But i remember i had to add a specific command line extension…

You are definitively right.
So, I commented out the concerned line in the Finder class. Then, i wrote 2 classes that allow dynamic rebinding triggered by file modification.

So, they monitor the source directory and reload a class file every time you save it. I like it this way because it does not depend on the editor you’re using.

I’m not an experienced python programmer, so feel free to comment

# FileChangeNotifier.py #

import os
import thread
import time

class FileChangeNotifier(object):

    def __init__(self, path, callback, interval=0.5):
        self.path_to_scan = path
        self.files = {}
        self.callback = callback
        self.interval = interval
        self.is_monitoring = False

    def __stat(self, filename):
        return str(stat[6]) + '_' + str(stat[8])
    def __walkCallback(self, args, directory, files):
        for file_name in files:
            if file_name.endswith('.py'):
                filename = directory + '/' + file_name
                if self.files.has_key(filename):
                    nrepr = self.__stat(filename)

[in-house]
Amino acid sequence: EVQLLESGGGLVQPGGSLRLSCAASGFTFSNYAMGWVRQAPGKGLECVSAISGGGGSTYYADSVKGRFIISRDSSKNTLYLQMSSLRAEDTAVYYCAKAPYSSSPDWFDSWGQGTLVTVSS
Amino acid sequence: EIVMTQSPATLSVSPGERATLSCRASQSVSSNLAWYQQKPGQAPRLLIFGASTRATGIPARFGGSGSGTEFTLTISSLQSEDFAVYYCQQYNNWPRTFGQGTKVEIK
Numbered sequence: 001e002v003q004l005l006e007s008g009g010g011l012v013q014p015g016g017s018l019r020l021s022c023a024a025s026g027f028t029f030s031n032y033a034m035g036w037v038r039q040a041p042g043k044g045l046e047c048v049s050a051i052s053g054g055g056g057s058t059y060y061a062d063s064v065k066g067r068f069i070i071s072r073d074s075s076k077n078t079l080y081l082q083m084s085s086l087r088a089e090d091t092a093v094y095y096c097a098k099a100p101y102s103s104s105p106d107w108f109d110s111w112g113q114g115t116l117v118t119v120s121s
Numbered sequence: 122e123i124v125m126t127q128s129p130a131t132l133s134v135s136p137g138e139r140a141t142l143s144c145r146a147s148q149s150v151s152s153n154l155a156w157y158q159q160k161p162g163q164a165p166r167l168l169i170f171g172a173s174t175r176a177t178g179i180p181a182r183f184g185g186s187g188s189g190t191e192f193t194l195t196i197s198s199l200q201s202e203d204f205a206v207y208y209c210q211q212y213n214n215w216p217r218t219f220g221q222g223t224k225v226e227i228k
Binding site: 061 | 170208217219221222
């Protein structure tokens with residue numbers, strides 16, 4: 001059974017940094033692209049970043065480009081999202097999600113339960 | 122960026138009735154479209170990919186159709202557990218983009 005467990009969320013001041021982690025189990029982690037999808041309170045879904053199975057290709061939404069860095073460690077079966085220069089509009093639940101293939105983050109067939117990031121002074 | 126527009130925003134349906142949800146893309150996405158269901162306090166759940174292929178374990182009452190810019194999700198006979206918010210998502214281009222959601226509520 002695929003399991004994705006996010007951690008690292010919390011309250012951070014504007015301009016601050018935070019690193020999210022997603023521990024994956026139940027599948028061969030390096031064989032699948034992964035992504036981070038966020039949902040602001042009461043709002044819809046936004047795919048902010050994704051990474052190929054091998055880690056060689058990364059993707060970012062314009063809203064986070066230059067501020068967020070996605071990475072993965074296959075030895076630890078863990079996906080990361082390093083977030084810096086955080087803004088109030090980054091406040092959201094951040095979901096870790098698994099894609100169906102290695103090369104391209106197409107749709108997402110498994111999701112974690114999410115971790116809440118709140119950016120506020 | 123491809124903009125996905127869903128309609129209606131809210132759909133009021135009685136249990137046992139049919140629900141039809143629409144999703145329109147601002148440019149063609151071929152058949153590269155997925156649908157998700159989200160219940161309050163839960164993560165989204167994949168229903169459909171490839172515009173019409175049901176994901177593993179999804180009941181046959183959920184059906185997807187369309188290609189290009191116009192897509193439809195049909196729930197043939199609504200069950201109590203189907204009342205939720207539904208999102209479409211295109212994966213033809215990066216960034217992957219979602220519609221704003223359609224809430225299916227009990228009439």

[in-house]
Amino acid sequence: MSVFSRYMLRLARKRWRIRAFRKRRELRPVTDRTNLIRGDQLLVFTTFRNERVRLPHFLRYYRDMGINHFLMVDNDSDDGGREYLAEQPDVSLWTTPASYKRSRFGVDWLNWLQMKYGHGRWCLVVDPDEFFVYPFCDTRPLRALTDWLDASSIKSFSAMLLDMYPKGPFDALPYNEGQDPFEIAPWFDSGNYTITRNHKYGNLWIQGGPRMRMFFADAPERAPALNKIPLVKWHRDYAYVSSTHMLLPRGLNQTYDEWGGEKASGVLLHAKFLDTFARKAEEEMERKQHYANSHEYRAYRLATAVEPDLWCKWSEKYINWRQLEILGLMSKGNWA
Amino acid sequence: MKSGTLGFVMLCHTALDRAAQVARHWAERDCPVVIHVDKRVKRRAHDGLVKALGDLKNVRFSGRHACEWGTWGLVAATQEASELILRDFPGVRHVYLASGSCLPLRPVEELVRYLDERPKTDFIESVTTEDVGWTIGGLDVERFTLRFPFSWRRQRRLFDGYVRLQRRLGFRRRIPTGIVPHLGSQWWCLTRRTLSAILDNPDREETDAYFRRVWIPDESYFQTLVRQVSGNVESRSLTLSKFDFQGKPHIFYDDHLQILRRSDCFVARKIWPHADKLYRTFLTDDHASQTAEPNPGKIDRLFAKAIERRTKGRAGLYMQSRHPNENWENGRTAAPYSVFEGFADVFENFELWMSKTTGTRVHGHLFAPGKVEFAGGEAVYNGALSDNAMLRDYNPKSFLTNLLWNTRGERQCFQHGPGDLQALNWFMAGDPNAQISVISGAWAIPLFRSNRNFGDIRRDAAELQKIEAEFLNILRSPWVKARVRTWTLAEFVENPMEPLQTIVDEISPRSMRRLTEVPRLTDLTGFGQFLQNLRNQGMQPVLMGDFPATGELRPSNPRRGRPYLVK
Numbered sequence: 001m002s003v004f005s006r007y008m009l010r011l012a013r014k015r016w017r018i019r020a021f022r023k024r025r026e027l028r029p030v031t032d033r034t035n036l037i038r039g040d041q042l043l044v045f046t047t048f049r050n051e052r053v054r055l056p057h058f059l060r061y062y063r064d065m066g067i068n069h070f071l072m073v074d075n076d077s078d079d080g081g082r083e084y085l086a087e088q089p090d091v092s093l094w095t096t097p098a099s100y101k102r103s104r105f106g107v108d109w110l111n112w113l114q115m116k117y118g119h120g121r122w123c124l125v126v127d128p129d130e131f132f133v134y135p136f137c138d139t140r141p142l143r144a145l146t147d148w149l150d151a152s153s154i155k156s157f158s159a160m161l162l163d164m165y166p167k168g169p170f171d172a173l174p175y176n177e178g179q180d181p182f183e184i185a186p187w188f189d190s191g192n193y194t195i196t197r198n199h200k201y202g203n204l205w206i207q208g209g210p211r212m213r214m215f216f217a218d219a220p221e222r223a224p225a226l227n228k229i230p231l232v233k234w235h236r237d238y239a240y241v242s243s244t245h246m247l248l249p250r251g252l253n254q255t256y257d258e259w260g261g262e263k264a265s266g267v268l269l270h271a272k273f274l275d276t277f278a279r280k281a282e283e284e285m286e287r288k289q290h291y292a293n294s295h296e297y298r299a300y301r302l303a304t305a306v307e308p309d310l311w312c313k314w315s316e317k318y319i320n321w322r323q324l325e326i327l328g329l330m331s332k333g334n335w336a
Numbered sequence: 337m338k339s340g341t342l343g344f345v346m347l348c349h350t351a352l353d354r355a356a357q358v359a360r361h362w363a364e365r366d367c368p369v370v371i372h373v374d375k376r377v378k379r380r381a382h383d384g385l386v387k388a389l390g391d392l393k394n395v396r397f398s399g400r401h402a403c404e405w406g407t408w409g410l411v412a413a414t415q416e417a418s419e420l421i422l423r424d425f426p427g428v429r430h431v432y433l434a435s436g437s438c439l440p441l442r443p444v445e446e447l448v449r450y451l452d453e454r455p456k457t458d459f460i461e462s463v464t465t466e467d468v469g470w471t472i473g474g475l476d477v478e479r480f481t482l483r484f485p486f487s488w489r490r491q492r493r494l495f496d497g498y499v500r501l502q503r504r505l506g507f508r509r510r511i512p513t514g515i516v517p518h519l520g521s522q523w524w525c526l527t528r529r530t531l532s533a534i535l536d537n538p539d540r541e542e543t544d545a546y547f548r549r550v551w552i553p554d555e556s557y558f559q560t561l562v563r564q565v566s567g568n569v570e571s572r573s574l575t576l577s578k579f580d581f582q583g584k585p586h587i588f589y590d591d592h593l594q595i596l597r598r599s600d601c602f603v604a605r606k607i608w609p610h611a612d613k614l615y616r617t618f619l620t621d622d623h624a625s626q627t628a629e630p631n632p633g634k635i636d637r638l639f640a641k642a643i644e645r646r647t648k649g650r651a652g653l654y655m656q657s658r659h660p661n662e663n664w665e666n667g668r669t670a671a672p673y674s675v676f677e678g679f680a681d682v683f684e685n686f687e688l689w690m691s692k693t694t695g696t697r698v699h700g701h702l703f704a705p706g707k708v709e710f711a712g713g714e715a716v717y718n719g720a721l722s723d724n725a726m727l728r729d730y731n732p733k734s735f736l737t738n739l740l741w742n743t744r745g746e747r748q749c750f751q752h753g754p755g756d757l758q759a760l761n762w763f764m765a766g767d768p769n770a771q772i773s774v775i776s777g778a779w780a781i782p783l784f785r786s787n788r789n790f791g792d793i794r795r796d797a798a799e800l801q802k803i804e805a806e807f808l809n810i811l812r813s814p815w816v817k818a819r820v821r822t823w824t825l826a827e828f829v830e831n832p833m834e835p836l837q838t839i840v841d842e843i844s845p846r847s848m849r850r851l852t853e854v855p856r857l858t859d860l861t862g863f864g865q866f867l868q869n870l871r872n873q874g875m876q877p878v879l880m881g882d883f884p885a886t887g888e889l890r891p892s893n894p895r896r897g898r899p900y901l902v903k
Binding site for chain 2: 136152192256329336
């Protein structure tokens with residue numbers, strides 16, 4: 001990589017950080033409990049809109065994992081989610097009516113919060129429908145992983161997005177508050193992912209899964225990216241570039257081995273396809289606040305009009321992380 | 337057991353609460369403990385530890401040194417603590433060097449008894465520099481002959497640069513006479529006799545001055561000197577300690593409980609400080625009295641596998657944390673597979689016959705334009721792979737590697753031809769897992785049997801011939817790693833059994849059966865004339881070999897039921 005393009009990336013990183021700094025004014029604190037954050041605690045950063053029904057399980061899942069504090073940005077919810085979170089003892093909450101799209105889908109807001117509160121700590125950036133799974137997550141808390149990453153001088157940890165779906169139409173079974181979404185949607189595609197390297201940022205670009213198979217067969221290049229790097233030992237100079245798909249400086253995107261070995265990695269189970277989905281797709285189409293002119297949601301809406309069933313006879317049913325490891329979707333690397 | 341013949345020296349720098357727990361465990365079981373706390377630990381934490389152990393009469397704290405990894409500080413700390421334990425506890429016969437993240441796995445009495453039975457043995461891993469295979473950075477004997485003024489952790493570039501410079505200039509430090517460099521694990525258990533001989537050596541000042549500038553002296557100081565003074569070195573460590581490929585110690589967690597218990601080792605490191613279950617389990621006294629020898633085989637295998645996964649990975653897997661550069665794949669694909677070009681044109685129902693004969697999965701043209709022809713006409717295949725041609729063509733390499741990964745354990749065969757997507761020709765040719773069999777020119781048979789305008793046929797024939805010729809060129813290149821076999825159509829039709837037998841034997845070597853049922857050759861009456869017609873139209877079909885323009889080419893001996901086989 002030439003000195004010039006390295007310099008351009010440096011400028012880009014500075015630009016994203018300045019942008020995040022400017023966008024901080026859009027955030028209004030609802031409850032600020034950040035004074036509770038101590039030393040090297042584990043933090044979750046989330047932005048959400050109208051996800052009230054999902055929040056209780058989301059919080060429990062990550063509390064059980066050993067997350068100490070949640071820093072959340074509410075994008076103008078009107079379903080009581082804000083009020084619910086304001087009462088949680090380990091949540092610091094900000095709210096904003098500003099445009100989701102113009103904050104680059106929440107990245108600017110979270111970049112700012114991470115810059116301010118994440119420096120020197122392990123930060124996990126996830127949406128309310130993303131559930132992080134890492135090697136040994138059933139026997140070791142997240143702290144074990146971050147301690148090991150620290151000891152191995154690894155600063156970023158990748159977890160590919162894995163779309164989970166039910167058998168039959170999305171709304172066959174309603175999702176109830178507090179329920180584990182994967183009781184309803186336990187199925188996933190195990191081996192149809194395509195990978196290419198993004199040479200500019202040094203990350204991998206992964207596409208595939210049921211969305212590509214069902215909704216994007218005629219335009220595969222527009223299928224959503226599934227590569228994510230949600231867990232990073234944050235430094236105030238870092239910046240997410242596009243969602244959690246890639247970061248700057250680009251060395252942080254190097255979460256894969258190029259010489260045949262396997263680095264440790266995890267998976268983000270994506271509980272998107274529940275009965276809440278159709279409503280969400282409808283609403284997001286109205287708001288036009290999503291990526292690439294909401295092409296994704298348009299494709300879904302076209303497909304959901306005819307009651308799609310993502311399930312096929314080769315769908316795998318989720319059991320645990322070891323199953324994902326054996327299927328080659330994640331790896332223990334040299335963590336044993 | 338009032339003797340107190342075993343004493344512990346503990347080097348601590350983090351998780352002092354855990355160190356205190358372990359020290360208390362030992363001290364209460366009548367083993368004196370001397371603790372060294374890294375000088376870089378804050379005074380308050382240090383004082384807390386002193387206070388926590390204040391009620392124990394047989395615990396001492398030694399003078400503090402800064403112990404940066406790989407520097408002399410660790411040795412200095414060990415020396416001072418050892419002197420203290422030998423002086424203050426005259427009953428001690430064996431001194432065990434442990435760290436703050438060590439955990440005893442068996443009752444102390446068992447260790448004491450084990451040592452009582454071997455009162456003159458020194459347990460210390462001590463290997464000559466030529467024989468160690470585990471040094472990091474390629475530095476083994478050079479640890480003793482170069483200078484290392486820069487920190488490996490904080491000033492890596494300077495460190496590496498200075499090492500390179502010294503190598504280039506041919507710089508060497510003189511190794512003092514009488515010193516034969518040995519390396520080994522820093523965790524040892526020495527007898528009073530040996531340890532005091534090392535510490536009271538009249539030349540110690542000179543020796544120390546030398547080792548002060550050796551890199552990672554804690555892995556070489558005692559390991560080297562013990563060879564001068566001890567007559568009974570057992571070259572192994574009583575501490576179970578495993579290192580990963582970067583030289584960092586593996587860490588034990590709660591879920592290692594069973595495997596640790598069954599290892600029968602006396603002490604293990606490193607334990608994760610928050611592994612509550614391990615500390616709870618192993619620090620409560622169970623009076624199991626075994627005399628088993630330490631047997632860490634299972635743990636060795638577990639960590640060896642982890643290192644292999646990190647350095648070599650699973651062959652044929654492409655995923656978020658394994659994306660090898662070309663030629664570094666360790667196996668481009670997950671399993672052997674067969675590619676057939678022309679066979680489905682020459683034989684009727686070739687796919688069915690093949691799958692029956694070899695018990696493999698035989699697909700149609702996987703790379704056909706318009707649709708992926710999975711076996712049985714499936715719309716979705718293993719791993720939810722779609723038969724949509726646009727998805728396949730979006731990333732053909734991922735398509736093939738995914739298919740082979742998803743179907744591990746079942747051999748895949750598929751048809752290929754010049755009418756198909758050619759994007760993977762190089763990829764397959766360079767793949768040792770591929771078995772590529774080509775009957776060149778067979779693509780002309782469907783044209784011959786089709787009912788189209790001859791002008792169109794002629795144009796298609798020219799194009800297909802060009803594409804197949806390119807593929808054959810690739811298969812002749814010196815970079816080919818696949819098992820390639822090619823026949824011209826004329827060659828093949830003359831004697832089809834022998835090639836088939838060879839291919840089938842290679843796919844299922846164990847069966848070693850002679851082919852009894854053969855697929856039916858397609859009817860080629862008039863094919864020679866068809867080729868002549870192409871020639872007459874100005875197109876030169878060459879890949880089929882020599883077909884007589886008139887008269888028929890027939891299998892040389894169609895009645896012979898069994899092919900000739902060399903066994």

if not nrepr == self.files[filename]:
                else :

    def __monitor(self):
        while self.is_monitoring :
            os.path.walk(self.path_to_scan, self.__walkCallback, '')

    def startMonitor(self):
        self.is_monitoring = True
        thread.start_new_thread(self.__monitor, ())

    def stopMonitor(self):
        self.is_monitoring = False


# ClassUpdater.py #

from direct.showbase import Finder
from FileChangeNotifier import FileChangeNotifier

class ClassUpdater(object):
    def __onFileChange(self, filename):
            Finder.rebindClass(None, filename)
        except Exception, ex:
            print 'Exception while rebinding the class :',ex
    def __init__(self, directory, interval):
        self.fcn = FileChangeNotifier(directory, self.__onFileChange, interval)